How to be Charismatic when you're not even there

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A lot of the advice you get about how to be charismatic is about presence. It covers things you should do in real time to create an aura of magnetism. Henrik Edberg, for instance, tells us to focus on things that will make other people feel good: smile, be confident, be interested in them. Andrew Leigh's book, meanwhile, counsels us to put energy into making eye contact and to act more deliberately.

Now, a lot of this is good advice for improving our social skills. Confidence, warmth, positivity, fluency are all things that are welcome in social interactions, and are frequently in evidence in people with a charismatic reputation. But they are not the same as charisma. Not all socially confident people come over as charismatic; not all charismatic people are positive or charming.

I can hear your ‘yes, buts’ bubbling up already. You want to tell me about X conductor or Y civil rights leader who had the most remarkable presence. And I believe you. But I would also contend that that aura is not the source of their charismatic power; it is at most a by-product of it. Charisma does not inherently require presence because it can work even when you are absent.

I want to tell you about the most amazing bit of cultural technology that allows people to inspire many others when they have never even seen each other, and may never do so. They may not even inhabit the same country or the same era in history. Their followers may have no idea even what they look like, let alone whether they smiled or mirrored anyone else’s body language, but they nonetheless feel a a miraculous sense of fellowship with everyone else who shares their commitment.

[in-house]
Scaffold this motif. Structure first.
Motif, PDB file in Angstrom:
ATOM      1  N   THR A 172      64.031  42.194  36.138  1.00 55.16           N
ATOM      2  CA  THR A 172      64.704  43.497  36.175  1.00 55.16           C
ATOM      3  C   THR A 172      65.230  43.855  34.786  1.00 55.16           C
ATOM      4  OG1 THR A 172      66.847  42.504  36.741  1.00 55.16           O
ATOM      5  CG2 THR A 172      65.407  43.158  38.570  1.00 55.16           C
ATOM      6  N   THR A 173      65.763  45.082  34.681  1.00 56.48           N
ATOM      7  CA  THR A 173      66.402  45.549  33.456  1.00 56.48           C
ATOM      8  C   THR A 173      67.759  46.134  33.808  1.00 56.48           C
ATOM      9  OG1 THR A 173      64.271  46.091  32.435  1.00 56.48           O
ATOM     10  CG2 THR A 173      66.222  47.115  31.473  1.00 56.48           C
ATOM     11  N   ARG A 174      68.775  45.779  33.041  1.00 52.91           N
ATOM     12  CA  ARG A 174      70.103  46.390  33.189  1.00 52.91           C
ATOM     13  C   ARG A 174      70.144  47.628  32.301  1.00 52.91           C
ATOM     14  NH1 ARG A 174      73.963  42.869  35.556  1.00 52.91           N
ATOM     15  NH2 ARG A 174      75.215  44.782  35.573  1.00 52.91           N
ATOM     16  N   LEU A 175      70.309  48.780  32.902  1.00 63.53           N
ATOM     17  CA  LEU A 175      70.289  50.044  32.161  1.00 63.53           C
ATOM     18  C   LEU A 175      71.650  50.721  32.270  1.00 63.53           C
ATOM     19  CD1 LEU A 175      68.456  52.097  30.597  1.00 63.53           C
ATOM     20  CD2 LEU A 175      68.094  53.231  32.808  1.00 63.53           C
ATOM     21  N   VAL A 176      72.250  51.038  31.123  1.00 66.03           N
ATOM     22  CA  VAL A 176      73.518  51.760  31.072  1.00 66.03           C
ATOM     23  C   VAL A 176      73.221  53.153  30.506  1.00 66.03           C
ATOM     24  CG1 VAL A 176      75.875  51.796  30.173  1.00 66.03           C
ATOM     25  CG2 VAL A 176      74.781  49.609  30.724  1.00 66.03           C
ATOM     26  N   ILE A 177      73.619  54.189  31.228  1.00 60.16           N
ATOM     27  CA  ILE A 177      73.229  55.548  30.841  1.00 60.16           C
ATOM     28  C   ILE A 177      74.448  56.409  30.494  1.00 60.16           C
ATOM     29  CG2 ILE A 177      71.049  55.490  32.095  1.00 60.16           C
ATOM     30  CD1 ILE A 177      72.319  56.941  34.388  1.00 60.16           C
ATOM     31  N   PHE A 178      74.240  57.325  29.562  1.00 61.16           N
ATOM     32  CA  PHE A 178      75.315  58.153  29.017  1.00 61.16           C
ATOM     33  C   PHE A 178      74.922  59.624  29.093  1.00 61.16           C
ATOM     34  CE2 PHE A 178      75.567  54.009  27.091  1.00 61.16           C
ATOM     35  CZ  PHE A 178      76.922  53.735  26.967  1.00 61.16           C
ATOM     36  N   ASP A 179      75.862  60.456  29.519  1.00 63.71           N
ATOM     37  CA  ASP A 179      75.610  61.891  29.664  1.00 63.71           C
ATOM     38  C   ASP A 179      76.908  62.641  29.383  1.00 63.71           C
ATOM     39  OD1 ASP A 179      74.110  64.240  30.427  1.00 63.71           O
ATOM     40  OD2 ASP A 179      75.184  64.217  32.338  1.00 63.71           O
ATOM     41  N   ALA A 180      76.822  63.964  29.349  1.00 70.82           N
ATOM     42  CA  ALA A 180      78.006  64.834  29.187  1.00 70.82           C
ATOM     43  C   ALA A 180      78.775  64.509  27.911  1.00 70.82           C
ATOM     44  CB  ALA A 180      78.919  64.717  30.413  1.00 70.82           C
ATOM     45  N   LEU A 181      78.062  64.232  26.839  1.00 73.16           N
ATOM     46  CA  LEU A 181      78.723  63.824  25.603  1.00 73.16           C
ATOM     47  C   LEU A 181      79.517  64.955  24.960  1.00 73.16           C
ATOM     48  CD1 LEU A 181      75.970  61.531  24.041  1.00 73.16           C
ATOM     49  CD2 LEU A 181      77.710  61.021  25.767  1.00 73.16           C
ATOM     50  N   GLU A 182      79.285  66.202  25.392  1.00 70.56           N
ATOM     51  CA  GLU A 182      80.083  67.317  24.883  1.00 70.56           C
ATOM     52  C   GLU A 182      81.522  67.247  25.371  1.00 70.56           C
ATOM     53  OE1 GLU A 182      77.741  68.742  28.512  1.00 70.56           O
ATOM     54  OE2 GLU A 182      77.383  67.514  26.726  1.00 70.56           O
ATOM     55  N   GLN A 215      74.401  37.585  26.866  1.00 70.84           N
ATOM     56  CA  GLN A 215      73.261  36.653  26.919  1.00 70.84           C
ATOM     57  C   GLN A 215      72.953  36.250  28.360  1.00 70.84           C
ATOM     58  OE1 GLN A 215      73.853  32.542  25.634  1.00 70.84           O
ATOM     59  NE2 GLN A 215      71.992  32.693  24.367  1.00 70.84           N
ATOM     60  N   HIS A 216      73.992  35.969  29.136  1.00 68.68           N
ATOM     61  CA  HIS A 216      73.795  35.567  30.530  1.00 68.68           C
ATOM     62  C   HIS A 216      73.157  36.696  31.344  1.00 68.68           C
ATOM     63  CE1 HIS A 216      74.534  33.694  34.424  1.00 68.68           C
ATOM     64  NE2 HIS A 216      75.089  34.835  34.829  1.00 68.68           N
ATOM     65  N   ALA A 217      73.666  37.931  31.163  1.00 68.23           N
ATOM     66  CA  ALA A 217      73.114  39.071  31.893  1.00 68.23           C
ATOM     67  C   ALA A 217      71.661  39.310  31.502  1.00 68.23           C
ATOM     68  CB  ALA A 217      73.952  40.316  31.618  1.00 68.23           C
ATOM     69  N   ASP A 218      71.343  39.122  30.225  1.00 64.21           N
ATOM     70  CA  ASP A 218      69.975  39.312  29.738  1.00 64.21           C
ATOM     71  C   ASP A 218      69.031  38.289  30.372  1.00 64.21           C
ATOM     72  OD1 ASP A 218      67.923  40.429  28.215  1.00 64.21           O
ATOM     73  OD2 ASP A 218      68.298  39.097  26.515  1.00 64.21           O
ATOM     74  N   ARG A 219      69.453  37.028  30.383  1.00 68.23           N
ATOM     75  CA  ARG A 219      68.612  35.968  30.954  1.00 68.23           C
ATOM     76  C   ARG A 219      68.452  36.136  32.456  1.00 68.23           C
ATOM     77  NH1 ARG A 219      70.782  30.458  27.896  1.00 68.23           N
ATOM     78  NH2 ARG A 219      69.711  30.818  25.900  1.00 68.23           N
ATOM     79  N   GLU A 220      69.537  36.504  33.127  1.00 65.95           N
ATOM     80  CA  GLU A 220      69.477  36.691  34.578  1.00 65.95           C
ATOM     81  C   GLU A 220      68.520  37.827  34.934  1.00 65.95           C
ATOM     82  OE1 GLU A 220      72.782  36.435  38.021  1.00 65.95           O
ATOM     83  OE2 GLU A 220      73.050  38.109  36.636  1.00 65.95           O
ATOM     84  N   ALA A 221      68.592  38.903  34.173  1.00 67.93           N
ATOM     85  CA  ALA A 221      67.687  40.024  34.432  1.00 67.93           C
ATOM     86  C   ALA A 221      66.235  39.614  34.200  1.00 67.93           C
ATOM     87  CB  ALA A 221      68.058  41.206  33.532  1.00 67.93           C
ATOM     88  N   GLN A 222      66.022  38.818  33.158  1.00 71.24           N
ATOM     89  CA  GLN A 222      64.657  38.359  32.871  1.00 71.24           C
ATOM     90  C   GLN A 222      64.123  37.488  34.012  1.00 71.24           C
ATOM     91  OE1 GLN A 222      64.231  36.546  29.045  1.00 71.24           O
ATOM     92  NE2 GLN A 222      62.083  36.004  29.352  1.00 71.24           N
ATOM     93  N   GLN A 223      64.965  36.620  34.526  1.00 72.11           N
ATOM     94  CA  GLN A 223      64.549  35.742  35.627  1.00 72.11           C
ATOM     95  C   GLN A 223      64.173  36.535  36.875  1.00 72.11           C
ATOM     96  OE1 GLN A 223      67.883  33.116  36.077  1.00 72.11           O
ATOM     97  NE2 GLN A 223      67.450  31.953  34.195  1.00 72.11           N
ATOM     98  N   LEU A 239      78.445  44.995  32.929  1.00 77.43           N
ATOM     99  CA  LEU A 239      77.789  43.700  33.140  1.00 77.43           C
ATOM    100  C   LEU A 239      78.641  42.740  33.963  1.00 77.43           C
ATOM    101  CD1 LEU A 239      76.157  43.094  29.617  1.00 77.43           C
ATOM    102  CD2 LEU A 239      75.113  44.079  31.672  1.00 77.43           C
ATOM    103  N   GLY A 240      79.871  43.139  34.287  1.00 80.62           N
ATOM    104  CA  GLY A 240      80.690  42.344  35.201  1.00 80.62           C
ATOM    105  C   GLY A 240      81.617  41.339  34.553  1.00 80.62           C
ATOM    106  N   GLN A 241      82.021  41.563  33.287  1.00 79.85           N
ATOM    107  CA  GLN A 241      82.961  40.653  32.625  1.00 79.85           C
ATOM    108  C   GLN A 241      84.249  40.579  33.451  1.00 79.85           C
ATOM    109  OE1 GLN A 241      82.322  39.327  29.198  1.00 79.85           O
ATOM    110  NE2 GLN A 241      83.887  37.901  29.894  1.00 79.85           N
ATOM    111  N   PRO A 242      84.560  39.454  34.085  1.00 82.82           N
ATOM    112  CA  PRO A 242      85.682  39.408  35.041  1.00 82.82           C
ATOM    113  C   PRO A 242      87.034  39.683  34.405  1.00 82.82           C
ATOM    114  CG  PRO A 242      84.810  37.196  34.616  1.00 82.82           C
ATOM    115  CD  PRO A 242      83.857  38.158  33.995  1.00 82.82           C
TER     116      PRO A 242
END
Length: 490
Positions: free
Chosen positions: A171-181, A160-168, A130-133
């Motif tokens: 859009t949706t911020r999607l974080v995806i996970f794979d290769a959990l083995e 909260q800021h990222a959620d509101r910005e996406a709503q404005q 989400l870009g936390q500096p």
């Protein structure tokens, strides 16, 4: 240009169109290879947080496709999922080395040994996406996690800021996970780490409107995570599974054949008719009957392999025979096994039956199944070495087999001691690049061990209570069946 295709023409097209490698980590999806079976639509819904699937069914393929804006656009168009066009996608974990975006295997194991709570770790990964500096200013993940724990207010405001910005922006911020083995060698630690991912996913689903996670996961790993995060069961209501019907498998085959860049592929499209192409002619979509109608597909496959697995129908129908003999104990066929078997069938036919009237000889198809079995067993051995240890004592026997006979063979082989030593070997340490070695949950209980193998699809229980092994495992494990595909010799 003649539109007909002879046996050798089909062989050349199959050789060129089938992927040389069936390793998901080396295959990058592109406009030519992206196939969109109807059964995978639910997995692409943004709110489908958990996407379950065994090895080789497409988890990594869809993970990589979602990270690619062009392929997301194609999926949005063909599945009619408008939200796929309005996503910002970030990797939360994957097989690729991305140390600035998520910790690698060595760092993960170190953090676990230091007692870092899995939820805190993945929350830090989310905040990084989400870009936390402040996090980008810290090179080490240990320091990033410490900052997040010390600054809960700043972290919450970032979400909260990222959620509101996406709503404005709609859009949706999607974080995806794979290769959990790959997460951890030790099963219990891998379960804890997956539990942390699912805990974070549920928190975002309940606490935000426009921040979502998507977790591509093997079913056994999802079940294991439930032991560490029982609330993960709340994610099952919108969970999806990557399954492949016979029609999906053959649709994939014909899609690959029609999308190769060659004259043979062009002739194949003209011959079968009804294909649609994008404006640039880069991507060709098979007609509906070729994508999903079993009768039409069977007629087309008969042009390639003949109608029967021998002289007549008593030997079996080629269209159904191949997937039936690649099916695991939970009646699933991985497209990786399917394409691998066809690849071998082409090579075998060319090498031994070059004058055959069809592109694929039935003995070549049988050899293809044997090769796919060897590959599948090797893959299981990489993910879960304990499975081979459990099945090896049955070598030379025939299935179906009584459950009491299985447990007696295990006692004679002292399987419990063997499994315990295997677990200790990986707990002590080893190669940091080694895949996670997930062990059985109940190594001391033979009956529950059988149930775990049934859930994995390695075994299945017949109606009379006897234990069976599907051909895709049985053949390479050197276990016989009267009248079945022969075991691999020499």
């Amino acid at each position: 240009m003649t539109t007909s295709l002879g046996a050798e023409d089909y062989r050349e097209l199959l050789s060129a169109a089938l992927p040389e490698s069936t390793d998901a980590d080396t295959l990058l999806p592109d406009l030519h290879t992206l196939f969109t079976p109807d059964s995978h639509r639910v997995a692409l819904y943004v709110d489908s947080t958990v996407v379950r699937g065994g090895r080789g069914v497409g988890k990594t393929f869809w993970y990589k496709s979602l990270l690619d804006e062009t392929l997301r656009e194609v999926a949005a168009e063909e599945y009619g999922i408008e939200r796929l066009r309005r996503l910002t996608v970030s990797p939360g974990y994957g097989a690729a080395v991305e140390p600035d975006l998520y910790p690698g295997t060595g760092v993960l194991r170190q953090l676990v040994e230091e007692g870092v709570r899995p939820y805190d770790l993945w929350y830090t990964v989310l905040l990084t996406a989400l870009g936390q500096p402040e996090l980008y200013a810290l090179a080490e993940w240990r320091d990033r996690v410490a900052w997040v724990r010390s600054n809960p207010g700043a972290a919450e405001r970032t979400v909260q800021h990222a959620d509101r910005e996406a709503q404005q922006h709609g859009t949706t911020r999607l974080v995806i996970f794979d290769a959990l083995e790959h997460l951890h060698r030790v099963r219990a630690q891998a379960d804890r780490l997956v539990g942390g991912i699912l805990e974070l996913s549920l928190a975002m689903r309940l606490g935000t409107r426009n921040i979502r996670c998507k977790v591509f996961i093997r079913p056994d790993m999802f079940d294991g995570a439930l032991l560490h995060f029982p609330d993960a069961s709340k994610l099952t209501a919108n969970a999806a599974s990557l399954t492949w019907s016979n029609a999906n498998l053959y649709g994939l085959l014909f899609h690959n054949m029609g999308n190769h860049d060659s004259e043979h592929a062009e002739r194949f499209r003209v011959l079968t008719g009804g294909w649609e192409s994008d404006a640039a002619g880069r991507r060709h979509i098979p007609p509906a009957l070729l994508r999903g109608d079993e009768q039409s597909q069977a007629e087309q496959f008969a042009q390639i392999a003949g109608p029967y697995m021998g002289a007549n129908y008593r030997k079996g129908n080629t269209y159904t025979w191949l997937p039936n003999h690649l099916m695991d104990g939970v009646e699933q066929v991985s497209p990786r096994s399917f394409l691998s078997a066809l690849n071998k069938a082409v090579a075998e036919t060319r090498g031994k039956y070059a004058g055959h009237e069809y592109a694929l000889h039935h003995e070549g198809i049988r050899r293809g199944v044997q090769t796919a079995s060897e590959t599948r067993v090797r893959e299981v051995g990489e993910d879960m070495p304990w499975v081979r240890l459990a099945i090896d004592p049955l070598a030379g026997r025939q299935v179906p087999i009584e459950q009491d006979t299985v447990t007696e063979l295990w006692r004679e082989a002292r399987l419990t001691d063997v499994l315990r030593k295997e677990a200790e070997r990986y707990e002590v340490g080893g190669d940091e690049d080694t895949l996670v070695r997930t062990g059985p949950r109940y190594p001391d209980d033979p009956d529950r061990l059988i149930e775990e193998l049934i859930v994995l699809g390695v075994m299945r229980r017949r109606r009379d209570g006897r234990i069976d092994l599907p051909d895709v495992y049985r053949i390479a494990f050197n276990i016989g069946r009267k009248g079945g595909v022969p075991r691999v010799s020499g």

You will have encountered this cultural technology before; but you may not have noticed its significance in understanding charisma.

I’m talking about literacy. The power of words. The most charismatic people in history have gathered the majority of their followers by proxy. More people have read the New Testament than ever met Jesus in his lifetime. (You know, it could be that more people have read the New Testament than were even alive at the time of the events it recounts. That would be an interesting statistic. If it’s not true yet, it will be soon.)

Charisma, that is, lies in the content, not the presentation. It is the message that is charismatic; not the medium. Oh, I’m not denying the importance of the set-up (as we learnt from Steve Jobs), but without the content it is empty rhetoric: fake, cheesy, untrustworthy.

So, what are the key elements of charismatic content? Sociologists of charisma have identified two interlinked elements that play a key role:

  • A Cause: Some abstract or moral good that will accrue to followers if they buy in to the message. The message is about more than any particular example it may contain, it is driven by a set of principles: justice, for instance, or mercy, equality, happiness. Something we all desire and deserve, but which is bigger than any one of us.